Budget 2005: briefing by Minister

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Finance Standing Committee

23 February 2005
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Meeting Summary

A summary of this committee meeting is not yet available.

Meeting report

24 February 2005


Dr R Davies (ANC), Mr T Ralane (ANC, Free State)

Documents handed out

2005 Budget – Growth, development and equity
2005 Budget Errata (see Appendix)
Budget Review 2005 (link to Treasury website)
Budgets for all Departments – 2005/6 (link to Treasury website)
Budget Speech 2005 as presented by Minister of Finance – 23 February 2005

The Minister of Finance briefed the Committees on the policies underlying the 2005 Budget. These could be summarised as sustaining higher growth, advancing social development, and equity and redistribution. The economy was growing well, but it was essential to increase infrastructure investment, lower the cost of doing business, produce more skilled people and improve the quality of services. A commitment was made to tightened social grants, quality services and a reduction in crime and insecurity, and renewed investment in small and emerging farmers.

The Committee questioned a delegation from the National Treasury and South African Revenue Service (SARS). Particular emphasis was placed on the fact that many entrepreneurs in the second economy would not benefit from the tax cuts and incentives, as they fell outside the tax net. The need for sustainable development and increased investment in skills was emphasised. It was hoped that the decision to increase infrastructure development would be of particular benefit to those in the second economy. Social grants were on the edge of being disincentives, and it was important that they be carefully monitored.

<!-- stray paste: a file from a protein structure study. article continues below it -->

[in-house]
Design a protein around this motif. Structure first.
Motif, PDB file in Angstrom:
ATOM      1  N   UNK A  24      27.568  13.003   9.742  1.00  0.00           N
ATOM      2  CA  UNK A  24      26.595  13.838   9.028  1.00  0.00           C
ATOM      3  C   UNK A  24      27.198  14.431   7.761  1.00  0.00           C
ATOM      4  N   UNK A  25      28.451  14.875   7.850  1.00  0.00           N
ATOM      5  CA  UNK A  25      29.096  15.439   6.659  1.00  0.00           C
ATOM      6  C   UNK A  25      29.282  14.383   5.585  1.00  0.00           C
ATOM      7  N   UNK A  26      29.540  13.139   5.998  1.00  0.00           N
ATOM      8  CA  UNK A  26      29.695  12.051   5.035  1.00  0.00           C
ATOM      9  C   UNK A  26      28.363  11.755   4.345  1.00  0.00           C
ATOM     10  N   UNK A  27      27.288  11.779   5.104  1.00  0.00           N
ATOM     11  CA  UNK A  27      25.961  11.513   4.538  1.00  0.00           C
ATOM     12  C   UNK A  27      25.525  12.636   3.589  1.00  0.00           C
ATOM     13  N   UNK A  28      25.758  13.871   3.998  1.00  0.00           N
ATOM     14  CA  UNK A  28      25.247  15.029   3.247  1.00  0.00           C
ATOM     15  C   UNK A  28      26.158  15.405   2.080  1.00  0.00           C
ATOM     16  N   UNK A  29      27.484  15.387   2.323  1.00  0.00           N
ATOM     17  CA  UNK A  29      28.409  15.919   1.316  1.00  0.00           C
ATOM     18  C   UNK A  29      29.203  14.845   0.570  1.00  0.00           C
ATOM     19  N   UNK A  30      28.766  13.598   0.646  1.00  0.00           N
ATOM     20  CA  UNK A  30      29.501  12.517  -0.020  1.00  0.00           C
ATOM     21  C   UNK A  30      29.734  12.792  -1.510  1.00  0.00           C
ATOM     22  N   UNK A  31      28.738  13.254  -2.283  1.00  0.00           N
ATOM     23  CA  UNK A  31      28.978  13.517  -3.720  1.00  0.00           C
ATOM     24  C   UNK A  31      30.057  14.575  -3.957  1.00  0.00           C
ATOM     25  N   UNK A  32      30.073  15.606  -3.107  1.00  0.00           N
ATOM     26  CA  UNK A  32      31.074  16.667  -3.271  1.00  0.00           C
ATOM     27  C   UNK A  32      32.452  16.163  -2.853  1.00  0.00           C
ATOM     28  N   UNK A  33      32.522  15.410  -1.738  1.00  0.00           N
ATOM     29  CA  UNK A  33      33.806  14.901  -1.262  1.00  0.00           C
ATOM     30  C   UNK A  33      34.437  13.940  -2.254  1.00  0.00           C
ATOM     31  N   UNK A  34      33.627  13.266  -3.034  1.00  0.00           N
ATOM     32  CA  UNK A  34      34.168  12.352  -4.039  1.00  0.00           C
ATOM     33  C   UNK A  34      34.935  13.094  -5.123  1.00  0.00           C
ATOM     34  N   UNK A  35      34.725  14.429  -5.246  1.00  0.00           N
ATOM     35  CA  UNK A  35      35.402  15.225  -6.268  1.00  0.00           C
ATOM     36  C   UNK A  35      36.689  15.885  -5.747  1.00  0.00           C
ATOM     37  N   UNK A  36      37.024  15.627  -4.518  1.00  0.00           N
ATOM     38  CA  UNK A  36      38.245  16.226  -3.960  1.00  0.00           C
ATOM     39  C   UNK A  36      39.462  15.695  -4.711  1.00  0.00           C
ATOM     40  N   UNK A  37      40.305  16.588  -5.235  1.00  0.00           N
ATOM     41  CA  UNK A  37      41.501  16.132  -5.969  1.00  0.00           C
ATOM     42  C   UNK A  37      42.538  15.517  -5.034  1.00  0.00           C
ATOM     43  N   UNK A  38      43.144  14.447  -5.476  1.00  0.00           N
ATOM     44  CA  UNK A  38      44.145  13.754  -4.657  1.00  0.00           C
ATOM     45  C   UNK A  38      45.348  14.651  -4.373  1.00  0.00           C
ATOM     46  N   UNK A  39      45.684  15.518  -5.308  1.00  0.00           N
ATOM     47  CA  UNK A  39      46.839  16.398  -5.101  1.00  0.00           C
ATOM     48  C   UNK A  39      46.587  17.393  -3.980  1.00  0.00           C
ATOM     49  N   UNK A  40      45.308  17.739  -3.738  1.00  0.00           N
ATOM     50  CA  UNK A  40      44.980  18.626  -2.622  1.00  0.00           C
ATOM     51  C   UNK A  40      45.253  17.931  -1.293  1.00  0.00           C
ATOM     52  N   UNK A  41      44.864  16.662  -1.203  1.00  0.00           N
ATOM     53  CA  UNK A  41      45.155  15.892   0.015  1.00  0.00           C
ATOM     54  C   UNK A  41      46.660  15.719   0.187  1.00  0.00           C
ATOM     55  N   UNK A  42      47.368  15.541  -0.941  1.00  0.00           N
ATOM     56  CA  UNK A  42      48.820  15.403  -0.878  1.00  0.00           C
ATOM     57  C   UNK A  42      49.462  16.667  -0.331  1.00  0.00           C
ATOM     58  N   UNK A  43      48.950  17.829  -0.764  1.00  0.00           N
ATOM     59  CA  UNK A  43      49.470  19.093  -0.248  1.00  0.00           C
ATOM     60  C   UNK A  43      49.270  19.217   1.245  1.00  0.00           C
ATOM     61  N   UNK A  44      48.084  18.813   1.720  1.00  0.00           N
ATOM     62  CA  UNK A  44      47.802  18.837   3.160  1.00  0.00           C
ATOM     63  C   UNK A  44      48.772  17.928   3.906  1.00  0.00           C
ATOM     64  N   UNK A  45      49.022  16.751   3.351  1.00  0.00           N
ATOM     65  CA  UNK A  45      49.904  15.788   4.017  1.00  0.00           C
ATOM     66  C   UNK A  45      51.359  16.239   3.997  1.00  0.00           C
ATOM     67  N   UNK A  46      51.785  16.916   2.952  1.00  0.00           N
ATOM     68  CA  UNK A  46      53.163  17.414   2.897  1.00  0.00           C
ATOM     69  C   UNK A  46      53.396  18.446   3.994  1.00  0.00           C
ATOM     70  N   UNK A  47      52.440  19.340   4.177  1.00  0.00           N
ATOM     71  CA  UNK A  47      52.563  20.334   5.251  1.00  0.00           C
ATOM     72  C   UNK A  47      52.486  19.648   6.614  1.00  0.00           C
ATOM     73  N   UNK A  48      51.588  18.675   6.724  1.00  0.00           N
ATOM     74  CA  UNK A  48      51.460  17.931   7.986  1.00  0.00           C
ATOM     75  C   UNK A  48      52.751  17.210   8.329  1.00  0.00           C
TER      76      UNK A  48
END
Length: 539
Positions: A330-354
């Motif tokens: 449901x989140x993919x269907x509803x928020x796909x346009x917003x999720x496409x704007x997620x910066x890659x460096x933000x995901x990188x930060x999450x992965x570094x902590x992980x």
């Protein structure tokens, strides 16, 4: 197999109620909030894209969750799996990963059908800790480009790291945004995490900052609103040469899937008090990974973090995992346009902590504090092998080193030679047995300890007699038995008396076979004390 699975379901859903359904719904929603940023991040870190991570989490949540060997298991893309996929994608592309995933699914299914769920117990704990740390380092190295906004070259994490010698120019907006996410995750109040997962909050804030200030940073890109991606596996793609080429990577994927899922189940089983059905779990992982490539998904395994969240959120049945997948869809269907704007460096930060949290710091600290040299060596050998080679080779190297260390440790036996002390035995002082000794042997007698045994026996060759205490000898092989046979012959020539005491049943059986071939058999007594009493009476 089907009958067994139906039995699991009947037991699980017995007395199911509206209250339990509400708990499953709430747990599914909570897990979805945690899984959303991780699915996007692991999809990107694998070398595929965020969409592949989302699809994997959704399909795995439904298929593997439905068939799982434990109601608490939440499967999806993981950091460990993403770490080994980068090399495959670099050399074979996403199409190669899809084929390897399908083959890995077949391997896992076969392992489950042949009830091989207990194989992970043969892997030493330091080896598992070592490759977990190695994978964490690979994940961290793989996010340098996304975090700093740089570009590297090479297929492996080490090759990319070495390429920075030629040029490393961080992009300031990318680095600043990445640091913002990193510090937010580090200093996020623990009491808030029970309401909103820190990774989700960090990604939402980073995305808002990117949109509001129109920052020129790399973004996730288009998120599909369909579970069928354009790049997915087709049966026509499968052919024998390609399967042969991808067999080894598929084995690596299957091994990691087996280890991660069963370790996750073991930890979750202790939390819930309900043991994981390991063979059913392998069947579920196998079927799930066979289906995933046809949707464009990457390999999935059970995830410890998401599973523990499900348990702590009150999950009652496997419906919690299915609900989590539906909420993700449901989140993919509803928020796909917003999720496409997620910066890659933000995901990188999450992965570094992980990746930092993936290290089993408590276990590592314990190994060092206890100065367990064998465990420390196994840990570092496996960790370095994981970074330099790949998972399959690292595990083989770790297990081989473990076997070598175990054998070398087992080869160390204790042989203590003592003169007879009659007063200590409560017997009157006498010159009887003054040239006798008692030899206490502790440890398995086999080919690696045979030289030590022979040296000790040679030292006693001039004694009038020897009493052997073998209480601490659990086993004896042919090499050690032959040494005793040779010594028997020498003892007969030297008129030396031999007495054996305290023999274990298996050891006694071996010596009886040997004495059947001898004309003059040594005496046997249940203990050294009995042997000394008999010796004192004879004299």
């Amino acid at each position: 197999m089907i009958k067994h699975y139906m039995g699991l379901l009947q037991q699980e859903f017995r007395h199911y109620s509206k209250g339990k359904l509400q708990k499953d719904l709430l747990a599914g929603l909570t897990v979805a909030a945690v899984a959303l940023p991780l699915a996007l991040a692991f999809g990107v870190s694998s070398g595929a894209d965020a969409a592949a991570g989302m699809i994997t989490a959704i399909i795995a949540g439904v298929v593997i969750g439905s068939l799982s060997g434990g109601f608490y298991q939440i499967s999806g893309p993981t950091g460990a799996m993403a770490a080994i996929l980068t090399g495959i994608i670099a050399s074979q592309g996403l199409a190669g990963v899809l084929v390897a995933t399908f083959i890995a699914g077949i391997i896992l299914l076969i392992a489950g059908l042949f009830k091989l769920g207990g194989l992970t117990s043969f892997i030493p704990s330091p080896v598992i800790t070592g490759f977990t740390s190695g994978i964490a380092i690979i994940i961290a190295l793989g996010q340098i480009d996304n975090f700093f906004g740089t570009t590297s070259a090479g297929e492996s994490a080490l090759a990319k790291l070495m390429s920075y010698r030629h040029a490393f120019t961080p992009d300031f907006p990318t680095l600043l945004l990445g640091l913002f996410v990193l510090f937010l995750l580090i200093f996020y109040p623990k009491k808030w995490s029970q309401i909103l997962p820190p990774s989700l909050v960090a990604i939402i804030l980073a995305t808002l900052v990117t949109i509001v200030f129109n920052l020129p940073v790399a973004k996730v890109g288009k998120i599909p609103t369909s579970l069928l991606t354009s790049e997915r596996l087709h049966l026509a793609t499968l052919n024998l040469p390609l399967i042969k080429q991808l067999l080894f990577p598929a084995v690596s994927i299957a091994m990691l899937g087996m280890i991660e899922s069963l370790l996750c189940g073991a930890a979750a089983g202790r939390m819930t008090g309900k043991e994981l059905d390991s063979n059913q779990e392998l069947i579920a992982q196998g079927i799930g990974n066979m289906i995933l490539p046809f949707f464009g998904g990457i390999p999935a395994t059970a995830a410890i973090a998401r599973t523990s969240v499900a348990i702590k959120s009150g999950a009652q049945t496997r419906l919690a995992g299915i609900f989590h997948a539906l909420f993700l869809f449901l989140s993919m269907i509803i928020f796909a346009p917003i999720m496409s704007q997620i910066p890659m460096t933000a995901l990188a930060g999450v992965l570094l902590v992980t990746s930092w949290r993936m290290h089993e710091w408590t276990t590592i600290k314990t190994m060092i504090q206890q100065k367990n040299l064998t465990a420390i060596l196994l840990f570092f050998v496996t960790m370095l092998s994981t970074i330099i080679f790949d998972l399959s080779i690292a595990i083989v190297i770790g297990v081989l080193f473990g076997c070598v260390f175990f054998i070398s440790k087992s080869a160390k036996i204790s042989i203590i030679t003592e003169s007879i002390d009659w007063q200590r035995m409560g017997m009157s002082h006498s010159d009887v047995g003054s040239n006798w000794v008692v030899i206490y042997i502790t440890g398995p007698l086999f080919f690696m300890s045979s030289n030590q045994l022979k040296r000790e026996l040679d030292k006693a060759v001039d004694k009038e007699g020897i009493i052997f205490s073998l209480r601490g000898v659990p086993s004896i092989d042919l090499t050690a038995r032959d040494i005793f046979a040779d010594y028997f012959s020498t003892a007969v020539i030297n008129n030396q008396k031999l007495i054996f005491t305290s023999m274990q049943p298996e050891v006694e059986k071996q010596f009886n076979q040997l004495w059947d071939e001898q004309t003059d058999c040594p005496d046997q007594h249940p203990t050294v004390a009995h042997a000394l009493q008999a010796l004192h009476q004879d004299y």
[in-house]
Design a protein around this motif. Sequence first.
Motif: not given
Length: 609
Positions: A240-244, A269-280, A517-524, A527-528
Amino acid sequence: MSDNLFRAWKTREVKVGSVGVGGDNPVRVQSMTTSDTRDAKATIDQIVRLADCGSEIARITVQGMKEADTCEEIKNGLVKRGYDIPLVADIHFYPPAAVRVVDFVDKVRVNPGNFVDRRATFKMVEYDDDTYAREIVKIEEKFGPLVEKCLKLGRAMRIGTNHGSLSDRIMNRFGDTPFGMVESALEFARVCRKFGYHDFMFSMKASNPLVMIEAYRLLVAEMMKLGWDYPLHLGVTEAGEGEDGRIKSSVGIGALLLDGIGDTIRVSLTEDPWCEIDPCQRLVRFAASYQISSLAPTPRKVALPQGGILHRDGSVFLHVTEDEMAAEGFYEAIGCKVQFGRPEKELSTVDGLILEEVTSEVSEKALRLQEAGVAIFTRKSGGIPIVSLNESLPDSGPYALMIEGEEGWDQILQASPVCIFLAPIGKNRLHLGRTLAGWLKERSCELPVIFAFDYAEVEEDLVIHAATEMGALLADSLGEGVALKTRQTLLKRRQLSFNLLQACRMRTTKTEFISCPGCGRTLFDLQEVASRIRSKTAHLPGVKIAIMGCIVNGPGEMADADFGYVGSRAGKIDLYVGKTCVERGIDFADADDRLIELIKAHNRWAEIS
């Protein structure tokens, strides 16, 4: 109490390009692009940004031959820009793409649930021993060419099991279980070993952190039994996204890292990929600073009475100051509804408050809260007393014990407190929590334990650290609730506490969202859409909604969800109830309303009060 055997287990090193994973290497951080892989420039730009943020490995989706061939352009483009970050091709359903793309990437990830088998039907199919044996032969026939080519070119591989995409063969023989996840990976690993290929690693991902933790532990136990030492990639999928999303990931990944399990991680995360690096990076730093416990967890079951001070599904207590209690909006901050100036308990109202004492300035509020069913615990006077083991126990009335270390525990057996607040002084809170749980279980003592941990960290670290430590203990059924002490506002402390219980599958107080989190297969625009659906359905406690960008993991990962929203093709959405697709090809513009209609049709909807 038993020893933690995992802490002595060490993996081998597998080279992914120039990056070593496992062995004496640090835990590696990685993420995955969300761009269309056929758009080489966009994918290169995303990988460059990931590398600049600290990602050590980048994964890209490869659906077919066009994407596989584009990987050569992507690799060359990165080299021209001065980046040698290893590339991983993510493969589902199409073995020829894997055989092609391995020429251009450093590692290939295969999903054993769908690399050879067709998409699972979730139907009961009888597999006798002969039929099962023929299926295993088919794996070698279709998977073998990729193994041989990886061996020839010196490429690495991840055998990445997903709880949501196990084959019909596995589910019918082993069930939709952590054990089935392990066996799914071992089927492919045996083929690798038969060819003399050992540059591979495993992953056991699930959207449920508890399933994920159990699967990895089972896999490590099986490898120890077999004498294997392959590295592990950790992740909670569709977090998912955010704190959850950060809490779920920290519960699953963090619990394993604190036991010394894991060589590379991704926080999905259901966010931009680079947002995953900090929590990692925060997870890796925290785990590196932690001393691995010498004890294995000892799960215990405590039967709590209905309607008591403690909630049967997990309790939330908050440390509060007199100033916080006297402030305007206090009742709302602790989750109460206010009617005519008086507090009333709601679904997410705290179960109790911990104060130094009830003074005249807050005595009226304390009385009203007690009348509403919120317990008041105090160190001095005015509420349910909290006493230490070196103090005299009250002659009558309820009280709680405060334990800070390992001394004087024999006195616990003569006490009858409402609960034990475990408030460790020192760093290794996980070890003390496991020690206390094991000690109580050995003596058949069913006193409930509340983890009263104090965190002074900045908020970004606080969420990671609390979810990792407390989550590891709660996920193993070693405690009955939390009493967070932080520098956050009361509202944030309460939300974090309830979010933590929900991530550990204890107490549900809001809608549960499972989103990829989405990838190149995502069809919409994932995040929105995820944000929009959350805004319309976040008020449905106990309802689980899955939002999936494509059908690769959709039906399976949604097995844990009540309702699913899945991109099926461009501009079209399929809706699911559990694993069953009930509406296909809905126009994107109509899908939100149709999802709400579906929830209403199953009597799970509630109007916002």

Minister’s briefing
Mr Trevor Manuel (Minister of Finance) summarised the policies behind the 2005 Budget in three main categories: sustaining higher growth, advancing social development and equity and redistribution. When the 2004 Budget had been tabled, models had forecast 2.9% growth in the fiscal year. This had been treated with extreme scepticism. Growth had, in fact, come in at 2.2%, and the Government was looking to an average growth of 4.2% over the Medium Term Expenditure Framework (MTEF) period. A low year was forecast for 2006 because of price effects in the global economy.

There was a sense that infrastructure investment projects were on budget. Of the many projects listed in the Budget Speech, some were private and public partnerships, but the bulk were funded off the balance sheets of State-owned enterprises. The Treasury was dealing with the "route to market" concept. There was a need to increase the level of business by removing obstacles, helping small businesses do things better, and by creating jobs. A study from the World Bank, "Doing Business in 2004", had measured a series of industries. South Africa fell in the middle sector, and this was a problem. People from the South African Revenue Service (SARS) had been deployed to tour the country, trying to understand business and the problems experience with collections of taxes, and who was actually running businesses. This was a huge study, and was combined with a more formal study. It had led to the decision to allow small businesses to render VAT returns every four months, an increase in tax relief for small businesses, and an increase in the Skills Development Fund threshold from R250 00 to R500 000. Non-compliance with regulations was at time an issue of ignorance, and this was being addressed.

Spending on educators’ salaries had been increased, as part of the initiative to produce more skilled people. This would be headed by the Department of Education. R1.05 billion had been set aside for further education and training (FET) with a big investment being made in project design. The money would be allocated in two tranches of R500 million and represented a big investment in upgrading facilities. It was felt that politicians needed to take increasing responsibility for the quality of services. The need for a management information system in education was very important, as the information was required to enable Government to respond to crises.